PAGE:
A.Ami: When in the United States as an exchange student, I was shocked by a hate crime in my neighborhood, and this experience was one influence that started LunchTrip. A man in a turban was murdered because he was thought to be a "Muslim who was an enemy of America." However, he turned out to be a member of the Sikh faith. Because the culprit had "no opportunity to know otherwise," I believe this crime resulted from two misunderstandings. The first was that "Islam equates to evil." The second was that "wearing a turban equates to being a Muslim." However, countries and people are much more complex. Thus, at LunchTrip, we feel it is important to know the "unexpected about a country," including its good and bad aspects. Also, the LunchTrip format goes back to when I was an exchange student, when I held a sushi party for friends who knew little of Japan. This party can be linked to LunchTrip by the idea that; eating delicious cuisine while talking to others is enjoyable both to those conveying information and those listening to it.

Q.How do you go about selecting those countries featured in LunchTrip events?

A.Ami: Countries may be selected because we crew have a personal interest in them. There are also cases of countries being decided upon based on feedback from our passengers who tell us; "We want Country A selected." For example, concerning the event held at the Embassy of the Islamic Republic of Iran recently (held on September 21st, 2013), the event was realized due to negotiations carried out after the opportunity arose to participate in an embassy event. Before that, however, for a long time from passengers who previously visited Iran, there were comments such as; "Although there is a lot of negative press generated by the media regarding Iran, it is a really great country and we want you to select it!" Furthermore, concerning our Iceland flight, there was a young woman among our LunchTrip passengers who offered to act as guide because she "had studied in Iceland and wanted to tell others just what a great country it was." This got Iceland selected for an event.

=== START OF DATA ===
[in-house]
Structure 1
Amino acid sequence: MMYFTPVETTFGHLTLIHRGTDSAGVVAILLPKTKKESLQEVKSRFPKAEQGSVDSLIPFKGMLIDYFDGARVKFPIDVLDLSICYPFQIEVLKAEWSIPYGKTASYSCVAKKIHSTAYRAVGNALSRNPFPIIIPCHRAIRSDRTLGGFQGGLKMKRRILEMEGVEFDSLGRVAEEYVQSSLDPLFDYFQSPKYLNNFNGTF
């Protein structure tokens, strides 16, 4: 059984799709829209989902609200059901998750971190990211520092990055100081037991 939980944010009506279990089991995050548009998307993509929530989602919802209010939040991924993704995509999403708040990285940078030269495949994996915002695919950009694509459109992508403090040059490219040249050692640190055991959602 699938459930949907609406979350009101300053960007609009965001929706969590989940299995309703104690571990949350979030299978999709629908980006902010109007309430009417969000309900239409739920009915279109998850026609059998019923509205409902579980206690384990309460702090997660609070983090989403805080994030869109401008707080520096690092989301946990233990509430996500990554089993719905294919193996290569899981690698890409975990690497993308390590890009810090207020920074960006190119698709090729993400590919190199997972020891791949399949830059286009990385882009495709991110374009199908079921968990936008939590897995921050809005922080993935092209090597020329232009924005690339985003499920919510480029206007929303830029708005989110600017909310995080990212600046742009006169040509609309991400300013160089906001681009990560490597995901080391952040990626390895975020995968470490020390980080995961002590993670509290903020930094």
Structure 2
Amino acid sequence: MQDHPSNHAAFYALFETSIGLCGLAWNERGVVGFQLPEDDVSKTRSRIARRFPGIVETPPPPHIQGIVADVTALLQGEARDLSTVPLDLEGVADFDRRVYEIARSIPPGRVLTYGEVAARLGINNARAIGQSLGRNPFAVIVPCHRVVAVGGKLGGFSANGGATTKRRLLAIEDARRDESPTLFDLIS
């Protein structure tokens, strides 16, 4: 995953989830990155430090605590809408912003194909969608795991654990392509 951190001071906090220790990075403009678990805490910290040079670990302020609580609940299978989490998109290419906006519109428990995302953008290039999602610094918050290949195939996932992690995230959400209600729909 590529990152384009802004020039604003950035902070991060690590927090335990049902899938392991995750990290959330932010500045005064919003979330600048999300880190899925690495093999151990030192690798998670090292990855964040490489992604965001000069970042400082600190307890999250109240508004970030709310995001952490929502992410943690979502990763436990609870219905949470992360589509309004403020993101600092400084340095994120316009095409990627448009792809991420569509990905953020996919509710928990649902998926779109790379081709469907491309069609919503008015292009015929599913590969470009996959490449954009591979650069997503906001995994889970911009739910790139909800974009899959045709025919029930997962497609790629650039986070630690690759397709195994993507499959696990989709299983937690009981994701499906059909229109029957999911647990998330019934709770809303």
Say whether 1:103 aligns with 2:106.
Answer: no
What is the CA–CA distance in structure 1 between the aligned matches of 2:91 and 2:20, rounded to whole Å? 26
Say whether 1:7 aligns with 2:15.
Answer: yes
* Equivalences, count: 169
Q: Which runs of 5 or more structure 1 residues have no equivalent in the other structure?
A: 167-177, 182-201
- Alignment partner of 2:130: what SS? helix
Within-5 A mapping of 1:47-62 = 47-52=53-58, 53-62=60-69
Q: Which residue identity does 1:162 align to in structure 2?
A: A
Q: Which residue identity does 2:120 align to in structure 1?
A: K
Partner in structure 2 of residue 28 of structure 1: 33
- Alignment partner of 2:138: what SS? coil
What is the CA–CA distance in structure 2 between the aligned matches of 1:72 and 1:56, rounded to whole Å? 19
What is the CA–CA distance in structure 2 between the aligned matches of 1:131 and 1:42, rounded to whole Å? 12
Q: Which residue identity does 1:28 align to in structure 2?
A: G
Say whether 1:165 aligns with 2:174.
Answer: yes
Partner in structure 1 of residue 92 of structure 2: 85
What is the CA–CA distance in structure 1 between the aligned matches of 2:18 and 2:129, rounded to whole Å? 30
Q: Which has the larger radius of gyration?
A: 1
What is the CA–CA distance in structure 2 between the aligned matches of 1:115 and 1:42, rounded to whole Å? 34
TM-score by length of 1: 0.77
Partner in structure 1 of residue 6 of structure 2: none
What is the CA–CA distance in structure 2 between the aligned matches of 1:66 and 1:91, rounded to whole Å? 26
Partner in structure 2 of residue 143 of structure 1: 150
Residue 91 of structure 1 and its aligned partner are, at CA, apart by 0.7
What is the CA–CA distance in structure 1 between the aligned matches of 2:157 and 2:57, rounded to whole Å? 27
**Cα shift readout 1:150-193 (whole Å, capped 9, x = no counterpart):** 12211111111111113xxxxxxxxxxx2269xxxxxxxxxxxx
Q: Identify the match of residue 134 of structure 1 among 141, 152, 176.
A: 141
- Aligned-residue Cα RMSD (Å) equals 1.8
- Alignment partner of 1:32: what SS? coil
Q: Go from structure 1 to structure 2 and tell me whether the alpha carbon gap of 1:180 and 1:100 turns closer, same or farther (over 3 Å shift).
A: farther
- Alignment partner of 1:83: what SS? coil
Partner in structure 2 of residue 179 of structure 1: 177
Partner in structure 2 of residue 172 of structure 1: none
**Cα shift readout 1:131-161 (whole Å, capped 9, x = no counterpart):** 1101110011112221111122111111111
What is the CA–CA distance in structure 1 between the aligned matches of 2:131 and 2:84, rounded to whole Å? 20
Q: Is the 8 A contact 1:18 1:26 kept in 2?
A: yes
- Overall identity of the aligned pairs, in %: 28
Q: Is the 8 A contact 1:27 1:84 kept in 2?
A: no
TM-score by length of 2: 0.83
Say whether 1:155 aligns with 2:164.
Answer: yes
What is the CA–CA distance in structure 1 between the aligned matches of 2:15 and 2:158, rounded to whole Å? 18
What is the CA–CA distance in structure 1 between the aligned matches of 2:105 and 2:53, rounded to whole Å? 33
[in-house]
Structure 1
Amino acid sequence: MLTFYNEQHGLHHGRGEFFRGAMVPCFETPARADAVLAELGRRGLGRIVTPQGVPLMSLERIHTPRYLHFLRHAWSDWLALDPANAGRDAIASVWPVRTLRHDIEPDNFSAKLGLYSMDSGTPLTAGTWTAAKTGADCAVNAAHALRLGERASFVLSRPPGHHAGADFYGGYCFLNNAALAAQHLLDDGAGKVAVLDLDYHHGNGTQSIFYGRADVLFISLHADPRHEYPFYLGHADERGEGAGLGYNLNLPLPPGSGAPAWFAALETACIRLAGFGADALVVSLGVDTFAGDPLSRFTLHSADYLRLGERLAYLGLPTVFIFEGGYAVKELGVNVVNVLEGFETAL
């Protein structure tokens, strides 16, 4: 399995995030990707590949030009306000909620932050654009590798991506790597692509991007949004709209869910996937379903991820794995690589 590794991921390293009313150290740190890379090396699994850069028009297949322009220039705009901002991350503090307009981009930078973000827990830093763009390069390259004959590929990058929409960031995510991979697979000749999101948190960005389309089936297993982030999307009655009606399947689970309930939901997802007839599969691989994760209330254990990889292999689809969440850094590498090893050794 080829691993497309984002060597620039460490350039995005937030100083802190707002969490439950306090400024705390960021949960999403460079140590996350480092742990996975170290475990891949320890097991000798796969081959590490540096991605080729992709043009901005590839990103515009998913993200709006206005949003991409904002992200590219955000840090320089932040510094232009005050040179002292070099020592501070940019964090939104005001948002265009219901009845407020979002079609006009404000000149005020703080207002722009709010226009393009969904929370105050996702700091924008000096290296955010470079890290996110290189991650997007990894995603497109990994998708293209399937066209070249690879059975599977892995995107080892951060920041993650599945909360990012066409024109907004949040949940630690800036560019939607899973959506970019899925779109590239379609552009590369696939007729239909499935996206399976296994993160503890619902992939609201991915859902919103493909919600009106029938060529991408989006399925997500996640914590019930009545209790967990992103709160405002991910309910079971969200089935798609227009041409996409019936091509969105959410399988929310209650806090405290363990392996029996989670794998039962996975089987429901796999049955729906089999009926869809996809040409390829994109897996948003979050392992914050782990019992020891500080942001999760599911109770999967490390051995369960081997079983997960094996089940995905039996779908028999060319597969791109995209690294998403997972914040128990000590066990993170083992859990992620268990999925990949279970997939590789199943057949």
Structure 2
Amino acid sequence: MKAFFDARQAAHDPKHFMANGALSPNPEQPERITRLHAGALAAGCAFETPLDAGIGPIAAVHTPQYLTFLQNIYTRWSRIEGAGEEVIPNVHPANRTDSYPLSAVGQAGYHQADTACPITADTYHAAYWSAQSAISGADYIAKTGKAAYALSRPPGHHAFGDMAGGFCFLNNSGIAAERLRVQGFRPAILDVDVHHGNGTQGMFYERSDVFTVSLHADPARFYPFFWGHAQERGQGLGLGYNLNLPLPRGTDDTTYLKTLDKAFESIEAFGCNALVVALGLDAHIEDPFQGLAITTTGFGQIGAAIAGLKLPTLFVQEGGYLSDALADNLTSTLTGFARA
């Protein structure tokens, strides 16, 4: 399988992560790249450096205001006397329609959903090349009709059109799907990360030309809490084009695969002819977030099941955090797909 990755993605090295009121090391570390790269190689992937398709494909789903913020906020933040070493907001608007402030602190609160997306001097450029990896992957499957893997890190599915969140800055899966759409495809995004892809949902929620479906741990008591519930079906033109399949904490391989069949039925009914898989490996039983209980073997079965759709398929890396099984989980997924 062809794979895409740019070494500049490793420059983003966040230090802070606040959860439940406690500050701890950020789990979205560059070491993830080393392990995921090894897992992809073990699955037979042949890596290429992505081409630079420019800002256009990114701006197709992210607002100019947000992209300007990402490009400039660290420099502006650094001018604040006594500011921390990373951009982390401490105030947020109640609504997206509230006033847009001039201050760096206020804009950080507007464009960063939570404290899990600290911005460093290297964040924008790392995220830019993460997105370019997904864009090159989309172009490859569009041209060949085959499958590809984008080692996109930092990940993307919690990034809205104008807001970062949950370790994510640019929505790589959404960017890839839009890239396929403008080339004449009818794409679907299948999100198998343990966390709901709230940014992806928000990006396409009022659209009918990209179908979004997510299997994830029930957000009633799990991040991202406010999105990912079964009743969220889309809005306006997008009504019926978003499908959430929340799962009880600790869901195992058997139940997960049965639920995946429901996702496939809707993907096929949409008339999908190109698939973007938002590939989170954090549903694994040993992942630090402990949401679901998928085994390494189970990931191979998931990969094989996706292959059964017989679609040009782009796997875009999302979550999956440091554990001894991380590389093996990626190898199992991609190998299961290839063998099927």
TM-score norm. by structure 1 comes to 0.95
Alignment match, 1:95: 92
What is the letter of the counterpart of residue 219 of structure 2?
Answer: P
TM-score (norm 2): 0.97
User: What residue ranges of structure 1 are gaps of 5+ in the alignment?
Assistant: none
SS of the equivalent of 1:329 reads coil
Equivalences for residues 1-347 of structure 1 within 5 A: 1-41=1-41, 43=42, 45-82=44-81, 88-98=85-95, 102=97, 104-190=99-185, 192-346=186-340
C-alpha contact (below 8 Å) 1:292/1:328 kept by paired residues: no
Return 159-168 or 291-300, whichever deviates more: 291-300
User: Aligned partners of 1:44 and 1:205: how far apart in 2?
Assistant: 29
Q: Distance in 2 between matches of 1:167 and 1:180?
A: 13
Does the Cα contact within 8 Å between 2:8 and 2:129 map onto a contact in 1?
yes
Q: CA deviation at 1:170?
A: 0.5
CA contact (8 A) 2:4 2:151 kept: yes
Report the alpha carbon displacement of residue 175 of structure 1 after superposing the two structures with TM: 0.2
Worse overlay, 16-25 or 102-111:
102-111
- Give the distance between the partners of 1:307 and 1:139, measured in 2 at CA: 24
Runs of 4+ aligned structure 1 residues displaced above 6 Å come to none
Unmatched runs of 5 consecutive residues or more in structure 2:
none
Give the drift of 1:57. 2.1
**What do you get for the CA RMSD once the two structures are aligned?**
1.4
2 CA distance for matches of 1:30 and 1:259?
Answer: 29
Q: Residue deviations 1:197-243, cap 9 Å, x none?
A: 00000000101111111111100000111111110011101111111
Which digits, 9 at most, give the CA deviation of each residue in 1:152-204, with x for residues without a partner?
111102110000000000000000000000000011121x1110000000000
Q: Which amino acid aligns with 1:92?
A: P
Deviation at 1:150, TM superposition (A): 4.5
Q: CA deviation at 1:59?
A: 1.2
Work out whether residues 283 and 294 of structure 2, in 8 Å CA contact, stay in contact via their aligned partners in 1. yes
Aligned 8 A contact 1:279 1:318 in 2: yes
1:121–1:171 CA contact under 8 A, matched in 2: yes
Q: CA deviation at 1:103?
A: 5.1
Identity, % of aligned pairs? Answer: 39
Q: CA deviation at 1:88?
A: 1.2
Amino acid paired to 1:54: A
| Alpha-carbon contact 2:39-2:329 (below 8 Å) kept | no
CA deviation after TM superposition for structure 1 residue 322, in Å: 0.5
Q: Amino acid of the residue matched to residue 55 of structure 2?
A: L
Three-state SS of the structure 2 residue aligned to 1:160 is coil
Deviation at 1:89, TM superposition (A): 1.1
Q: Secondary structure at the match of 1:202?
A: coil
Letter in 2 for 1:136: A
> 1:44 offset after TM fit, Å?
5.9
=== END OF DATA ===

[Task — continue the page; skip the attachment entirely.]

Ms. Mio Sugiyama, the guide on the Iceland flight.  She talked about the country’s wondrous nature and also about living there as a woman. (February 10th, 2013) ©LunchTrip

Ms. Mio Sugiyama, the guide on the Iceland flight. She talked about the country's wondrous nature and also about living there as a woman.
(February 10th, 2013)
©LunchTrip

Scandinavian cuisine on the Iceland flight (L to R):  Herrings in mustard sauce, egg caviar, roast leg of lamb flavored with rosemary. ©LunchTrip